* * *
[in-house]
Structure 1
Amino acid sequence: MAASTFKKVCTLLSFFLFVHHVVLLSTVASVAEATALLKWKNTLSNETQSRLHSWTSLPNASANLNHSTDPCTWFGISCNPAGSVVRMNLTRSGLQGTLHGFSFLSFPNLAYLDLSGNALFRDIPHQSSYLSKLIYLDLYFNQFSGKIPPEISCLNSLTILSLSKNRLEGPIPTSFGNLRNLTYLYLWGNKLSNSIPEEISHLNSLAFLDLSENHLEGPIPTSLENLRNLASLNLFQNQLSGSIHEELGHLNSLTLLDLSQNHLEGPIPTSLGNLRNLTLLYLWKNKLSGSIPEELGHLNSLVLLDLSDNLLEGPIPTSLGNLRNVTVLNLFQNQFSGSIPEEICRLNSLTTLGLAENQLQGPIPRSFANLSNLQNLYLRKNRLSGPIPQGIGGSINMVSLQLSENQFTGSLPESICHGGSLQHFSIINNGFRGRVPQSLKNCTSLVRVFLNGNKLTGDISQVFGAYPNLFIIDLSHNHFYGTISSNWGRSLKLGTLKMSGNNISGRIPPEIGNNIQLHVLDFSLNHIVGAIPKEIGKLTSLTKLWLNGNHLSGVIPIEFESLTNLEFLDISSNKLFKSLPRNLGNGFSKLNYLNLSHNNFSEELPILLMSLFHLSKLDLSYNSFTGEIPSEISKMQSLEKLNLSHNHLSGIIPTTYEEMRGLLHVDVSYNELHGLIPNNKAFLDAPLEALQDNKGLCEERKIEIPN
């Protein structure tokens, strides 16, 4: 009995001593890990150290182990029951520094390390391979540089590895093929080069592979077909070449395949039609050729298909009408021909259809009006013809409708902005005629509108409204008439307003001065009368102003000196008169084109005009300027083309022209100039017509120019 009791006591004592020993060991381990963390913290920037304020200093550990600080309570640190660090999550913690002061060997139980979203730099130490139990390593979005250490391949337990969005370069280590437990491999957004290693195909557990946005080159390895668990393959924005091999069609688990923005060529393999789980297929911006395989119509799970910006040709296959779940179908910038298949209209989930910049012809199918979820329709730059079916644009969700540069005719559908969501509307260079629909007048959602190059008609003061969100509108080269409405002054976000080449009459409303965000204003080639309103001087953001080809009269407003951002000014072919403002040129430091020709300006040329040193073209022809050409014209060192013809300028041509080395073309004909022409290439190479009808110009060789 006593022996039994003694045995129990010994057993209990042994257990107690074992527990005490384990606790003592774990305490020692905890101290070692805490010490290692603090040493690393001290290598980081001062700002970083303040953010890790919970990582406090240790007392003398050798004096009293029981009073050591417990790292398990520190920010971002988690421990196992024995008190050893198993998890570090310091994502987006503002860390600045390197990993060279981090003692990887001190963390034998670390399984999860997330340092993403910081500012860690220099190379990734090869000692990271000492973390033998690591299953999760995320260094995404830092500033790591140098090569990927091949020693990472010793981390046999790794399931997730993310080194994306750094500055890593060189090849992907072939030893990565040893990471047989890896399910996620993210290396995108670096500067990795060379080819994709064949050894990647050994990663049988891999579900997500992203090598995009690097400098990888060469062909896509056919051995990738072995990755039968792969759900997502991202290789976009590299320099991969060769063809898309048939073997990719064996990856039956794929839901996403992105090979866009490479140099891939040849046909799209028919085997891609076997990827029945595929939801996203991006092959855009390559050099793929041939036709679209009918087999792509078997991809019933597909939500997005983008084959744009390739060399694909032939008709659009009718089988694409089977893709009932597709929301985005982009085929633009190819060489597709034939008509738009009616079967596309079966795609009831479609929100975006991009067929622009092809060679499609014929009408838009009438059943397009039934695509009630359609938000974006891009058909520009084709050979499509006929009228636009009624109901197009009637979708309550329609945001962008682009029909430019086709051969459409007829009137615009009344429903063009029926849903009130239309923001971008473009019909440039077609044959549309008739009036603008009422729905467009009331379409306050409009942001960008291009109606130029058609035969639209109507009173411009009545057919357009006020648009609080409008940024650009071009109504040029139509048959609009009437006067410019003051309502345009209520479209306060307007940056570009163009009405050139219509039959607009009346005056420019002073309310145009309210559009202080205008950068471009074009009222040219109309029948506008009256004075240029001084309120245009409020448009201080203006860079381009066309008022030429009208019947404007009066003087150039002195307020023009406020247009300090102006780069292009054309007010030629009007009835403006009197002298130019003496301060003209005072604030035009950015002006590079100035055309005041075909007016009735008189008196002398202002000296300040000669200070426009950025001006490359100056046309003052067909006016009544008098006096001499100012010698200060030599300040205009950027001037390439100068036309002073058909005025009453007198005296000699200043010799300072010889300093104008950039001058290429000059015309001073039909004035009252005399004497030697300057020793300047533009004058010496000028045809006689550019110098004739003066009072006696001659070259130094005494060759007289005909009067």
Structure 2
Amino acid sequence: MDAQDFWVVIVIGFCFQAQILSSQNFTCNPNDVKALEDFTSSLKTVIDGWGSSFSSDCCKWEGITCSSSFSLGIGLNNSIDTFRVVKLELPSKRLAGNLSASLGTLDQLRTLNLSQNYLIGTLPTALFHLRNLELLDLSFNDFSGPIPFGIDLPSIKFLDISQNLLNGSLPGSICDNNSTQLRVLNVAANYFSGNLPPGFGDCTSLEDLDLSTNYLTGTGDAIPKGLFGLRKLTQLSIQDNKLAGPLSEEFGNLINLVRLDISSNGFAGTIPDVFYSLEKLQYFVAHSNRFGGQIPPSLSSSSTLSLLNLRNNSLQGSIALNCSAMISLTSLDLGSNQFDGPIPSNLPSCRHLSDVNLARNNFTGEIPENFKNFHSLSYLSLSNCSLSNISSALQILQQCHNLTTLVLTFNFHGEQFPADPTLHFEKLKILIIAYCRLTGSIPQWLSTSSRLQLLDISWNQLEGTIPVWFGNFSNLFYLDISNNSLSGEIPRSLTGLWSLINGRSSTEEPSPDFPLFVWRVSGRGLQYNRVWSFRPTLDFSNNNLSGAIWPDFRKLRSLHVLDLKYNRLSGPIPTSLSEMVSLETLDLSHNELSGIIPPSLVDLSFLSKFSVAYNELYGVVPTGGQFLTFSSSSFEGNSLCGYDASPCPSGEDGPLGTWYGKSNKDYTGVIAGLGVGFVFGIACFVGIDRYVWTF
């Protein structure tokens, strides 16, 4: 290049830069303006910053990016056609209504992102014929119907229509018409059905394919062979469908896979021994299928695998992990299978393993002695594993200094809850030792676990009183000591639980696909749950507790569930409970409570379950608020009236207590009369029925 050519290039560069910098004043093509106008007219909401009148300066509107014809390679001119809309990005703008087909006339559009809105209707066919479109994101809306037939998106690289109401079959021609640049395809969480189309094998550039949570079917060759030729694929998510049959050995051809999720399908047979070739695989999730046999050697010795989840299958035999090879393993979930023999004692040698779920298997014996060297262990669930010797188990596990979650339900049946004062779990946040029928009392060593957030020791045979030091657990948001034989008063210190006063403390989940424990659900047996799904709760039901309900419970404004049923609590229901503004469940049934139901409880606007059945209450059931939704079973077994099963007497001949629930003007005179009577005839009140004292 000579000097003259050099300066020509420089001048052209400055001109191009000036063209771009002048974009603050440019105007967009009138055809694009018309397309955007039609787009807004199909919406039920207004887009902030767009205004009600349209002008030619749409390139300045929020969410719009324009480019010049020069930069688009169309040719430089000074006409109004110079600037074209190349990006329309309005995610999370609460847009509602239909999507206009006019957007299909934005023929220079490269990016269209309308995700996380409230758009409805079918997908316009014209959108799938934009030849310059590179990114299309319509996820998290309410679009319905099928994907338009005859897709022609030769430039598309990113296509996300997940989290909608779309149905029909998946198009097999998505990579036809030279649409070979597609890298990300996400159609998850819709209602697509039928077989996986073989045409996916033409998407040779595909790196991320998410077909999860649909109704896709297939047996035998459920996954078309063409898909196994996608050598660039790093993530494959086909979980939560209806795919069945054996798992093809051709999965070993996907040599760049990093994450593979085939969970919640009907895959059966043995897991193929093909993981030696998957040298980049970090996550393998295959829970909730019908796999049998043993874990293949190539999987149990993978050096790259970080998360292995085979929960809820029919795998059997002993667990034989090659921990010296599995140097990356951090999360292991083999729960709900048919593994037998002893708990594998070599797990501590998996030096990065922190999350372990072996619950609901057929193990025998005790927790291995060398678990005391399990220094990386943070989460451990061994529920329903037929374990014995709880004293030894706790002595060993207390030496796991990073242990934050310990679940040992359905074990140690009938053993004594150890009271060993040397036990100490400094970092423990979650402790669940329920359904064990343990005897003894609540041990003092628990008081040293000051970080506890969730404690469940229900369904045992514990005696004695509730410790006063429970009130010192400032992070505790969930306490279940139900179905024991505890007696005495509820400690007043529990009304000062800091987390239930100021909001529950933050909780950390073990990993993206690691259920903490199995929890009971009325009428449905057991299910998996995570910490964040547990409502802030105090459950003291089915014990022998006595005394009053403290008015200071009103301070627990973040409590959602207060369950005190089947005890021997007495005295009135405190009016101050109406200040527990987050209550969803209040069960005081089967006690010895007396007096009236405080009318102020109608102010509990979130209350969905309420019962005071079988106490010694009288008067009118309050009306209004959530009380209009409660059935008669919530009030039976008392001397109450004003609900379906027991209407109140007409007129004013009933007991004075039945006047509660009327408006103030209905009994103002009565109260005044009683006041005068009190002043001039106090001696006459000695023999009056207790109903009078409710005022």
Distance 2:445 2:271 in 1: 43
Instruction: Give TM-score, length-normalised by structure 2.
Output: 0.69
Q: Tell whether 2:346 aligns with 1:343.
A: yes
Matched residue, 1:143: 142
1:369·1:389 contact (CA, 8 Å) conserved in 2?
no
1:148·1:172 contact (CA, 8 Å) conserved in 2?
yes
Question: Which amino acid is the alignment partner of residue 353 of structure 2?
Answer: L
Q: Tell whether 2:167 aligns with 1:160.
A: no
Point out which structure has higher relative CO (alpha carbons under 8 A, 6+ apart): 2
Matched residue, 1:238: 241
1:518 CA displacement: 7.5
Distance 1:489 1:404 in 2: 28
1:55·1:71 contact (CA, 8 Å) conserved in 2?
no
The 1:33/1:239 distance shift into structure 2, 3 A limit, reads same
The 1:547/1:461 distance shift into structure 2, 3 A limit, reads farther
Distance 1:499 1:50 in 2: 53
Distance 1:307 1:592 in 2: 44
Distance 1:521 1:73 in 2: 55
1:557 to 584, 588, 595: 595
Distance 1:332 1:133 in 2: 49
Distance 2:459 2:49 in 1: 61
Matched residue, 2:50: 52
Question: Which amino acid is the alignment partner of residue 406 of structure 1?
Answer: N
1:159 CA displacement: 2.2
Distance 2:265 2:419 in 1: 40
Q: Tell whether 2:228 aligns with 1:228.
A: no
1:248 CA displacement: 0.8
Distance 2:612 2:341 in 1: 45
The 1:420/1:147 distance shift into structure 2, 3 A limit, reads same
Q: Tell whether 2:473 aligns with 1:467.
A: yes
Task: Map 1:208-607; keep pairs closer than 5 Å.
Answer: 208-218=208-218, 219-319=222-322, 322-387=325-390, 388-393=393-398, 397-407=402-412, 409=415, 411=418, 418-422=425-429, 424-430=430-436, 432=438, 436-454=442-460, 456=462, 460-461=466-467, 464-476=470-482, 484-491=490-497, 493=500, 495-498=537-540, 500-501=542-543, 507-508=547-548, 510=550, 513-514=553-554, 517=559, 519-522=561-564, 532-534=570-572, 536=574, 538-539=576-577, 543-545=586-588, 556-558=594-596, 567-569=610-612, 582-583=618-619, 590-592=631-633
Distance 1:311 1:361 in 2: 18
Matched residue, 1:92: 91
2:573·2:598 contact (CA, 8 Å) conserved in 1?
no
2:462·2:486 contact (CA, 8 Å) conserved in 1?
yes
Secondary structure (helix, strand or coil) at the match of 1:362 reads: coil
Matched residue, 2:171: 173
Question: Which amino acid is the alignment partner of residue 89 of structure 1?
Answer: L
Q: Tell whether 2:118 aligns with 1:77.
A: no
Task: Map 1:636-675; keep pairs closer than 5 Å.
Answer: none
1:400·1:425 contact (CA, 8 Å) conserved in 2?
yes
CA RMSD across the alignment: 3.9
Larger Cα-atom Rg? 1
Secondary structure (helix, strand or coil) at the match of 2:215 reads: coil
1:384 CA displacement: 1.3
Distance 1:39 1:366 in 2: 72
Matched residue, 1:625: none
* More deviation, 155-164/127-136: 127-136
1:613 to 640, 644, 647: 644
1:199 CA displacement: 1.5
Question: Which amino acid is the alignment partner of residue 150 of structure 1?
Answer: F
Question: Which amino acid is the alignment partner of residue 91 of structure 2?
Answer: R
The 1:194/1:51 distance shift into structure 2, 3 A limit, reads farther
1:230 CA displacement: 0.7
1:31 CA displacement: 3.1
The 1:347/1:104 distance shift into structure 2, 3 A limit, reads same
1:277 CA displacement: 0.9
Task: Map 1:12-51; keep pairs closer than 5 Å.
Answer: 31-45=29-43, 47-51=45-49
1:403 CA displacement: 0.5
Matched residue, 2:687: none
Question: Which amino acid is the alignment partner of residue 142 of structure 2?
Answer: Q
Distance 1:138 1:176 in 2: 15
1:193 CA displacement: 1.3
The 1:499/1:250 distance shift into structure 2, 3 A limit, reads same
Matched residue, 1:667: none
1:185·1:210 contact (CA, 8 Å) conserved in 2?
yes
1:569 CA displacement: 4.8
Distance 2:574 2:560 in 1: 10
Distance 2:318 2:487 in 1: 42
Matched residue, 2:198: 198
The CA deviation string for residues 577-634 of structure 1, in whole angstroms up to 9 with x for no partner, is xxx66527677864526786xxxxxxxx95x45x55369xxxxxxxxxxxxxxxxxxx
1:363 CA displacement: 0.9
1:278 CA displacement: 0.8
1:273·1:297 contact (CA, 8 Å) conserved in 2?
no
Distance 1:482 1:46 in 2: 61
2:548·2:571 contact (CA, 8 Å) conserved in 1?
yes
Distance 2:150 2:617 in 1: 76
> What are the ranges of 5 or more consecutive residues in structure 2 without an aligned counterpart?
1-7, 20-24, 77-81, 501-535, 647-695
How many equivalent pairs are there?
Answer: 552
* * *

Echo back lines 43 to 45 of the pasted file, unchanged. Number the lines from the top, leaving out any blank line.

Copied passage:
1:248 CA displacement: 0.8
Distance 2:612 2:341 in 1: 45
The 1:420/1:147 distance shift into structure 2, 3 A limit, reads same